What is Hypnosis?

What, Exactly, is Hypnosis?

Hypnosis is a natural state of deep relaxation and heightened awareness that can be reached in a matter of minutes. It has been compared to meditation and to “flow state” in terms of narrowed focus and a shifting sense of the passage of time.

During hypnosis, your attention is so keenly focused that the rest of the world falls away, allowing you to concentrate on making positive changes and progress. It does not feel as if you are ‘under’ as you see in the movies. In fact, it is more like how you might feel while driving a car - you are completely aware and able to step on the brakes if needed, and at the same time, you can be lost in a pleasant daydream.

At all times - you are in control.

How does Hypnosis work?

Hypnosis is very similar to guided meditation. But hypnotherapy is much more than a state of relaxation and tranquility — it’s also a form of therapy that can be used to treat a variety of concerns.Hypnotherapy is useful for treating complaints such as phobias, anxiety, depression, sleep disorders, ADHD, trauma, stress, and grief.

Similar to guided meditation, your therapist speaks in a calm, slow voice using pleasant imagery to guide you into a calm state of mind. Once you’ve reached this calm, hypnotic state, your hypnotherapist uses suggestion to guide you away from painful rumination and toward solutions to your problems. This immersed concentration can open the mind to new experiences, suggestibility, and positive transformation.

Brain-imaging studies show higher activity in the prefrontal cortex, parietal networks, and anterior cingulate cortex during hypnosis for suggestible subjects. These areas of the brain account for complex functions like processing emotions, learning, and perception and memory. Additionally, hypnosis has a calming effect on regions of the brain that control breathing, heart rate, and other autonomic functions, leading to a state of deep relaxation.

When you are in a relaxed state, the mind is better able to problem-solve and you are more receptive to getting in touch with those parts of you that want to make a change. In other words, you are so aware of how much you want to change when you are in this state, that it makes it easier for you to make that change.

This is not of the therapist's will - but your will. You are the one who wants to change habits, sleep better, or be less depressed or anxious. You may, however, be blocked from finding ways to solve it on your own. The use of hypnosis within the therapy context can be especially beneficial in addressing problems related to stress, trauma, grief, phobias, anxiety, sleep issues, pain management, eating disorders and depression.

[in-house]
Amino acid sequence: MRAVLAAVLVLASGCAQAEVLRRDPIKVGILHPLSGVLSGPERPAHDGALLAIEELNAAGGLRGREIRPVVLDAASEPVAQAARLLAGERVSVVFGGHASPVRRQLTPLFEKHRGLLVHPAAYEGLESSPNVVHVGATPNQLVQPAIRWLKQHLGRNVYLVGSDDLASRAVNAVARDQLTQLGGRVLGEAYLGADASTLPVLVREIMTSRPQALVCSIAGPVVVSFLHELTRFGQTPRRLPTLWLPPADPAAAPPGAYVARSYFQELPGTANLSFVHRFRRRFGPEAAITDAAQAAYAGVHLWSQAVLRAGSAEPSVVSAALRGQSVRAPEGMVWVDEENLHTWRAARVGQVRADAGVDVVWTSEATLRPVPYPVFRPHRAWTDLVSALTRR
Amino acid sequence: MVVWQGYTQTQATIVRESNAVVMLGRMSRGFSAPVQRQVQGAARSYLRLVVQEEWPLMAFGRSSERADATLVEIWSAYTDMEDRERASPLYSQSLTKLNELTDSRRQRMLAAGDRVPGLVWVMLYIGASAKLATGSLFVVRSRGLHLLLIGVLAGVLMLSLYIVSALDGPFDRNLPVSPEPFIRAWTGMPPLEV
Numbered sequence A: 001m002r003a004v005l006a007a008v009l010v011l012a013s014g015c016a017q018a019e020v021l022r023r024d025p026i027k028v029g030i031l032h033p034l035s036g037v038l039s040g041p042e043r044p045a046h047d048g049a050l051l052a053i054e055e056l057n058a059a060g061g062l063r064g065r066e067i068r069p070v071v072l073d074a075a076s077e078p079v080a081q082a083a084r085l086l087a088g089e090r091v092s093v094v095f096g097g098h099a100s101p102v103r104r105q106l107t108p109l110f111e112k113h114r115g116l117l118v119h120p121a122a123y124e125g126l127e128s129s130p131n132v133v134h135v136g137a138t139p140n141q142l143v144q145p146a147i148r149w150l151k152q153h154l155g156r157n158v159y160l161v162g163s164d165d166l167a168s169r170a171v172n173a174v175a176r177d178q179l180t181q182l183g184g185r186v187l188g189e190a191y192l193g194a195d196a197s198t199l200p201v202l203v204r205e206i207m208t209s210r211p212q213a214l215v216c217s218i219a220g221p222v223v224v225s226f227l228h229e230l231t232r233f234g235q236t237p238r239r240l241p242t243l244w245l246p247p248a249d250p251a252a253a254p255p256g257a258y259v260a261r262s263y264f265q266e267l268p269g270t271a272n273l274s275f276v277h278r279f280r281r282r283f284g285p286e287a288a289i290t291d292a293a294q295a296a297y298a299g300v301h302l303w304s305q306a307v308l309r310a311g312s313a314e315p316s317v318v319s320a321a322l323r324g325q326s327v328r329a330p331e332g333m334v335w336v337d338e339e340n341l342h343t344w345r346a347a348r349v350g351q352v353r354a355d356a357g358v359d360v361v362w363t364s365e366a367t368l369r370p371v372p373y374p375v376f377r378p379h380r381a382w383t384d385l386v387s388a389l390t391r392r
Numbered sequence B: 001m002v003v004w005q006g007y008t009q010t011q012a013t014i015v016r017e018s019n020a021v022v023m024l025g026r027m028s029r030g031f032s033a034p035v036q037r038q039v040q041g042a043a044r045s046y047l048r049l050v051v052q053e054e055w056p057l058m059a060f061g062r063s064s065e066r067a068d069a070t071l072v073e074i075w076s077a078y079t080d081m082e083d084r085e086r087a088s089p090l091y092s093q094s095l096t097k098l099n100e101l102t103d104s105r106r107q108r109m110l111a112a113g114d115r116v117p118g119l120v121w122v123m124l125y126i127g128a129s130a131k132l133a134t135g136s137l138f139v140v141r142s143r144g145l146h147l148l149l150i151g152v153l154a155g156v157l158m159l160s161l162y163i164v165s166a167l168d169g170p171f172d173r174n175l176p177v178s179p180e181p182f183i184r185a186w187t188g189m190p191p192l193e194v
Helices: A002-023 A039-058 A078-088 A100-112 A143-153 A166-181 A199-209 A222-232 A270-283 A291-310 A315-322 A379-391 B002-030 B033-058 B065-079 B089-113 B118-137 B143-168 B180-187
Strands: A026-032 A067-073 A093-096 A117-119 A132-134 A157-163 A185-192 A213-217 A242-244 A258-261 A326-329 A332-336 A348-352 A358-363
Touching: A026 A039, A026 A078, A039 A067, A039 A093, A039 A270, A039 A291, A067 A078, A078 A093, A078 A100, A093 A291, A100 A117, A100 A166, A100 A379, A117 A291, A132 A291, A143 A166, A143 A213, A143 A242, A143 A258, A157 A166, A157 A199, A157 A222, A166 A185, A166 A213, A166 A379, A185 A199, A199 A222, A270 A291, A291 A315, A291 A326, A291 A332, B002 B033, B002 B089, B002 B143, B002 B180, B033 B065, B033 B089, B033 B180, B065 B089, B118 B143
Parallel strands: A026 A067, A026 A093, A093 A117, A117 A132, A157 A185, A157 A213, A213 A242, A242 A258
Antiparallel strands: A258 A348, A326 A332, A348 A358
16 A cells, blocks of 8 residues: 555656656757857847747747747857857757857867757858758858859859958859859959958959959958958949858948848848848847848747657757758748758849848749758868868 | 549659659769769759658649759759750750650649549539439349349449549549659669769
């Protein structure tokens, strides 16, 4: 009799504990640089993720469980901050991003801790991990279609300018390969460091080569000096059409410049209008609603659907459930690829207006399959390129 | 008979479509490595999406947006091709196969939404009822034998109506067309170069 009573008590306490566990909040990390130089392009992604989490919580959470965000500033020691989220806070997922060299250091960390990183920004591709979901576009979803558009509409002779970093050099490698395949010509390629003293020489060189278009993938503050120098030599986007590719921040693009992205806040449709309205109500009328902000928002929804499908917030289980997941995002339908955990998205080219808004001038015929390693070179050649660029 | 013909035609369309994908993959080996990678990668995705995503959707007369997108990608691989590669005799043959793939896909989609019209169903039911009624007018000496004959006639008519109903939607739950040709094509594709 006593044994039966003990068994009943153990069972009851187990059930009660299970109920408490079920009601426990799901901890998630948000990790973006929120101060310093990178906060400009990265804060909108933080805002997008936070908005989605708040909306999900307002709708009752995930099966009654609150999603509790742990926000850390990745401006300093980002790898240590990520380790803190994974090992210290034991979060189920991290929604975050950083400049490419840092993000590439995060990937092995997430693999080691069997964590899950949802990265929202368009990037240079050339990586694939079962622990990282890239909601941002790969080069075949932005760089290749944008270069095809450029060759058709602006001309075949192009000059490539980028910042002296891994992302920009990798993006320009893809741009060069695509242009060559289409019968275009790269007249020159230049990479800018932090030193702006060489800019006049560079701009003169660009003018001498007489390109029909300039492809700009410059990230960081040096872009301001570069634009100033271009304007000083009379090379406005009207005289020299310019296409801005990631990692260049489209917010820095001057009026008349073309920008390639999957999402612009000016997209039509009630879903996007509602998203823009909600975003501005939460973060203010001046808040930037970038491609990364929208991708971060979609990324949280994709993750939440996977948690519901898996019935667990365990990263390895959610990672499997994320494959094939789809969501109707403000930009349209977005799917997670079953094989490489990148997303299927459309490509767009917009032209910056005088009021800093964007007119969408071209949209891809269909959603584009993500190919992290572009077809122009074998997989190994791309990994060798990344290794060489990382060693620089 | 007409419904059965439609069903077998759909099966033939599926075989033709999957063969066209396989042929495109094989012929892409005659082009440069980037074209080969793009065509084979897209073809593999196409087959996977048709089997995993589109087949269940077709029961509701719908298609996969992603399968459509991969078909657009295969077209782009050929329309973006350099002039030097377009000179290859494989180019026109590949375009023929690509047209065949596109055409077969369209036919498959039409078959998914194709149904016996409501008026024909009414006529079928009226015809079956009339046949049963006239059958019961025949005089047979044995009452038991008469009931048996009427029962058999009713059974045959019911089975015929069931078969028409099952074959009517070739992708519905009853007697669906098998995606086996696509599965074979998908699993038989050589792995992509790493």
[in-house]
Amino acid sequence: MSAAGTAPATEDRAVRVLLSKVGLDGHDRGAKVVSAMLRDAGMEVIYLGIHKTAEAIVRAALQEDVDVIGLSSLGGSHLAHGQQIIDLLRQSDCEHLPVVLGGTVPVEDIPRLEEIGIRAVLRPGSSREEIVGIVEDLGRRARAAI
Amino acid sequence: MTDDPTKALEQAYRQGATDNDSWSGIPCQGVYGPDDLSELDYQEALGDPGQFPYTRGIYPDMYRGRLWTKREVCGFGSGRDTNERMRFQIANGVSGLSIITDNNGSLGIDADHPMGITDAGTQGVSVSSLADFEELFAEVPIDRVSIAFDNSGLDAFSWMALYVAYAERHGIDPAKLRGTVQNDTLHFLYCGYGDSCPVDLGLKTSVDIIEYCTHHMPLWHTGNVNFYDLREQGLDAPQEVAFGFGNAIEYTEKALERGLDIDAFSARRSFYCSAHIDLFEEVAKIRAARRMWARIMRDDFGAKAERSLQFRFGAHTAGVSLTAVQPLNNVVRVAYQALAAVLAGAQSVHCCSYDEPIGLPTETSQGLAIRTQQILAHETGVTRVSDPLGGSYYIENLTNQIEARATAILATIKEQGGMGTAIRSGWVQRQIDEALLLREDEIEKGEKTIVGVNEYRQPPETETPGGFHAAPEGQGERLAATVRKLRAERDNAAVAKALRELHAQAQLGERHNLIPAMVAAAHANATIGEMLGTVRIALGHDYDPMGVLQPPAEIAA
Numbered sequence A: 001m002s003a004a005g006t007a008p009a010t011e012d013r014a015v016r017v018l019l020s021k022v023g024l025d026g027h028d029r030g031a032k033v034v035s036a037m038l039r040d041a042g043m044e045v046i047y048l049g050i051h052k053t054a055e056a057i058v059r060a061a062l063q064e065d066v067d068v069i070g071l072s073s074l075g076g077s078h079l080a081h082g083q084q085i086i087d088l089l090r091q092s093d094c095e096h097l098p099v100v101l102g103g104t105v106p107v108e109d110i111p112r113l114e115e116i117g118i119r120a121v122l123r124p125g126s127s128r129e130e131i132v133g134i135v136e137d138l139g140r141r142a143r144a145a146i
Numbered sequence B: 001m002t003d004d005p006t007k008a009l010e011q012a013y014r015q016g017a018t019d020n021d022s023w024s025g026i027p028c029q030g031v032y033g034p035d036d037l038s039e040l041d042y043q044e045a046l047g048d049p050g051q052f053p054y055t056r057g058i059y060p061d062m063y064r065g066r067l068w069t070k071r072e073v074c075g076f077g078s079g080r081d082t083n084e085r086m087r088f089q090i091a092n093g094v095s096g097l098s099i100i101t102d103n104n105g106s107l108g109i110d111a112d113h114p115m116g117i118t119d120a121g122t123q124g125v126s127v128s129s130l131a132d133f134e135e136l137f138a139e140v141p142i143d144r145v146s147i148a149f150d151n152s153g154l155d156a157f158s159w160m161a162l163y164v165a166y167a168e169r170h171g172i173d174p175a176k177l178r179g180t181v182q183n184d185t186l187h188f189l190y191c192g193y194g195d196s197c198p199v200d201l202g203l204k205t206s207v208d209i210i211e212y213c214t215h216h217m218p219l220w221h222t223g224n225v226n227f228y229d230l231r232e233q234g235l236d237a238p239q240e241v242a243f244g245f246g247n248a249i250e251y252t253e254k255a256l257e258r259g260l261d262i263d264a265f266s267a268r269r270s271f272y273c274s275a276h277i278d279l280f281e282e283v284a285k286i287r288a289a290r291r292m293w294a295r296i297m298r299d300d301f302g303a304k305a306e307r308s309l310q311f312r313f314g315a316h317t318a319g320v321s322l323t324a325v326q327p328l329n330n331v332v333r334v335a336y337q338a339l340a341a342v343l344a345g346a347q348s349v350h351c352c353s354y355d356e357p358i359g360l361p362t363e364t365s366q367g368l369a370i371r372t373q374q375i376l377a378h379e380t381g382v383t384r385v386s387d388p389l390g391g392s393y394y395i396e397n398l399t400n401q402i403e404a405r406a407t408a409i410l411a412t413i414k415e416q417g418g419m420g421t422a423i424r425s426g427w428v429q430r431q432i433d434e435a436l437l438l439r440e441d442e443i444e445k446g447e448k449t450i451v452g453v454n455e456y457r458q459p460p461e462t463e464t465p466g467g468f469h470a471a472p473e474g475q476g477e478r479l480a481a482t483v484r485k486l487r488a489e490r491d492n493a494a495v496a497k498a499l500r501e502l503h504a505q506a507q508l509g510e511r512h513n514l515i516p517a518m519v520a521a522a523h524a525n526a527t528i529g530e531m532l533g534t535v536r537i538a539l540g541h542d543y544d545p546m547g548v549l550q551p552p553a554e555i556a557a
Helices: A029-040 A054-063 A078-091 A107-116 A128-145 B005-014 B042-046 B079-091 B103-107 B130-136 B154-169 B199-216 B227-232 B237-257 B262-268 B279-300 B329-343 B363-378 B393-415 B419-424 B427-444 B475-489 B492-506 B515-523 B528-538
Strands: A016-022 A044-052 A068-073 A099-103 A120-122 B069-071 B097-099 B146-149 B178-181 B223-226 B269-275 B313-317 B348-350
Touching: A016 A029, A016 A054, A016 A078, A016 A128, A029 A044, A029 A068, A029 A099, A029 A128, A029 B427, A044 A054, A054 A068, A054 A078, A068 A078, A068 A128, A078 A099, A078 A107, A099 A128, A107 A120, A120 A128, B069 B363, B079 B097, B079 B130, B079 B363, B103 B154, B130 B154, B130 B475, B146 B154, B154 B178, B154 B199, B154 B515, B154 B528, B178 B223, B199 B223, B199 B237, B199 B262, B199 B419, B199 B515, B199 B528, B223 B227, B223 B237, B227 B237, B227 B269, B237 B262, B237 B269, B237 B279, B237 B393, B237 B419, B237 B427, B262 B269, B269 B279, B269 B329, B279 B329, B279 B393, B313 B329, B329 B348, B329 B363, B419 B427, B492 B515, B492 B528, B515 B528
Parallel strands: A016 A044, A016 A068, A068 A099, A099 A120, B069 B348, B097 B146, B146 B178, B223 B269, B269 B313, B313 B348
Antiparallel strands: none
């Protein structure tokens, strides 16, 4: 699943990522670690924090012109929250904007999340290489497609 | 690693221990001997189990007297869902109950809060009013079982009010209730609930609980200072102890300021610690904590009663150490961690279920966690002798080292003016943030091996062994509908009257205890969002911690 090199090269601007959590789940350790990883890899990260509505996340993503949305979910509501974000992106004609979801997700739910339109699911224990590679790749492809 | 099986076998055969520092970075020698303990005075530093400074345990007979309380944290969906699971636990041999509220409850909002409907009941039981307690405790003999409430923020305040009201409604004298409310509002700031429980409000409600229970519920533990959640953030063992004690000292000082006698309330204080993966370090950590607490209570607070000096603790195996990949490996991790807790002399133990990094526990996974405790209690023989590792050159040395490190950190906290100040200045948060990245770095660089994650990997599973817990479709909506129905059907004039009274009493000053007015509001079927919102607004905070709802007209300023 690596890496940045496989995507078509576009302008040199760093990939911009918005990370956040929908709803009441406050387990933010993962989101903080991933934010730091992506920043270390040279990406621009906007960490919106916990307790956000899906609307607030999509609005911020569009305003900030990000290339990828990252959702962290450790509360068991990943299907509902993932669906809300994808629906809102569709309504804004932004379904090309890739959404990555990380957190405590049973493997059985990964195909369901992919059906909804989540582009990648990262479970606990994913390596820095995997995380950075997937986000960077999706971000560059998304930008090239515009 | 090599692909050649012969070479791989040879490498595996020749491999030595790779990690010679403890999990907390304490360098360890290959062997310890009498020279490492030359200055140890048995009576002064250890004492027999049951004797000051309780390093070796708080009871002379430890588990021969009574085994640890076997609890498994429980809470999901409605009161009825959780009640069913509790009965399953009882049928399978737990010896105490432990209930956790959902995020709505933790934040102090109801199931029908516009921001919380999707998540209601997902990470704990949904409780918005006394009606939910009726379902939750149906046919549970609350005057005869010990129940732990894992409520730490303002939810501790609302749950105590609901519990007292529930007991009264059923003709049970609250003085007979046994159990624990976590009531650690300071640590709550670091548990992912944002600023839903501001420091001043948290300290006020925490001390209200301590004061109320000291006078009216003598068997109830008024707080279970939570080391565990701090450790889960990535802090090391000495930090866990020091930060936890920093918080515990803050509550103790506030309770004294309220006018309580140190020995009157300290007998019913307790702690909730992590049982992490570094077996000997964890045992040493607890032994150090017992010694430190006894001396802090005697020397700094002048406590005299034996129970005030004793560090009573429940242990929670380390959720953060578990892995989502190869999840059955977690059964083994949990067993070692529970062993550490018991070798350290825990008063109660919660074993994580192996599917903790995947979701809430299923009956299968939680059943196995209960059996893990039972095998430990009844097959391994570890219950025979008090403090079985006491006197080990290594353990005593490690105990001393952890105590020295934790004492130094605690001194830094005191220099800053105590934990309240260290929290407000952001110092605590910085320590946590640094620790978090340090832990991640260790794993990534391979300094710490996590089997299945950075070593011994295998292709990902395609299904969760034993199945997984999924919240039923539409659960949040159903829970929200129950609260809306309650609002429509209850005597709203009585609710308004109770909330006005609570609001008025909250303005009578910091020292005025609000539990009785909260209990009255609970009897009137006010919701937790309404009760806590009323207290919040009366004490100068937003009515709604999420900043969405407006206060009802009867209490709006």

Is Hypnosis Effective?

Hypnosis, when combined with other therapeutic approaches, is evidence-based and has its own supporting statistics. Time and again, hypnosis has provided better client outcomes in combination with traditional therapy than can be found with traditional therapy techniques alone.

A 1995 analysis by the Journal of Consulting and Clinical Psychology consisted of eighteen studies that compared therapy used with and without the complement of hypnosis. It was demonstrated that “the addition of hypnosis substantially enhanced treatment outcome” — to the extent that the average hypnosis client showed improvement greater than at least 70% of non-hypnosis clients.

Another study published by the same journal examined the effectiveness of combining hypnosis with Cognitive Behavioral Therapy (CBT) for addressing acute stress disorder, and researchers concluded that hypnosis produced a greater reduction in symptoms than when CBT was used alone.

Do I Have to Do Therapy or Can I Just Do Hypnosis?

Hypnosis can be beneficial for some things on its own (like public speaking or relaxation), but can only be done effectively for anything mental health-related when combined with other therapy modalities, like Cognitive Behavioral Therapy (CBT), Dialectical Behavioral Therapy (DBT), or psychodynamic therapy.

This is important for two main reasons:

First, only mental health professionals have adequate training to address mental health concerns (such as anxiety, depression, eating disorders, etc). For instance, all of our therapists have doctorates in Psychology, which means that we all completed years of extensive training that allow us to diagnose and treat different conditions, being well versed in all the effective therapy techniques and the latest research associated with those conditions. Someone who is not trained in mental health will not have such training which could have negative consequences.

The second reason is that there is very little or no evidence suggesting that hypnosis alone could treat mental health conditions, whereas the research on the integration of the two is very well documented. Of note, all of the research listed on our site is on the efficacy of hypnosis in addition to other traditional therapy techniques. As such, we practice in a way that aligns with the best standards of the American Psychological Association (APA).

For instance, Cognitive Behavioral Therapy (CBT) can be used to help a client understand how their unwanted behaviors are tied to their thoughts and feelings, and to refocus and replace problematic thinking with more constructive perspectives. Hypnosis supports this work by allowing the client to implement these changes in a deeply relaxed and open state, which can lead to more rapid change.

Backed by research, hypnosis is extremely effective in a therapeutic setting. Hypnosis is a powerful form of therapy that when combined with traditional therapy, is a constructive tool for changing behaviors and for exploring root causes of a variety of problems — like anxiety, phobias, sleep disturbances, and more. This integrative approach promotes real and lasting change.

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How We Work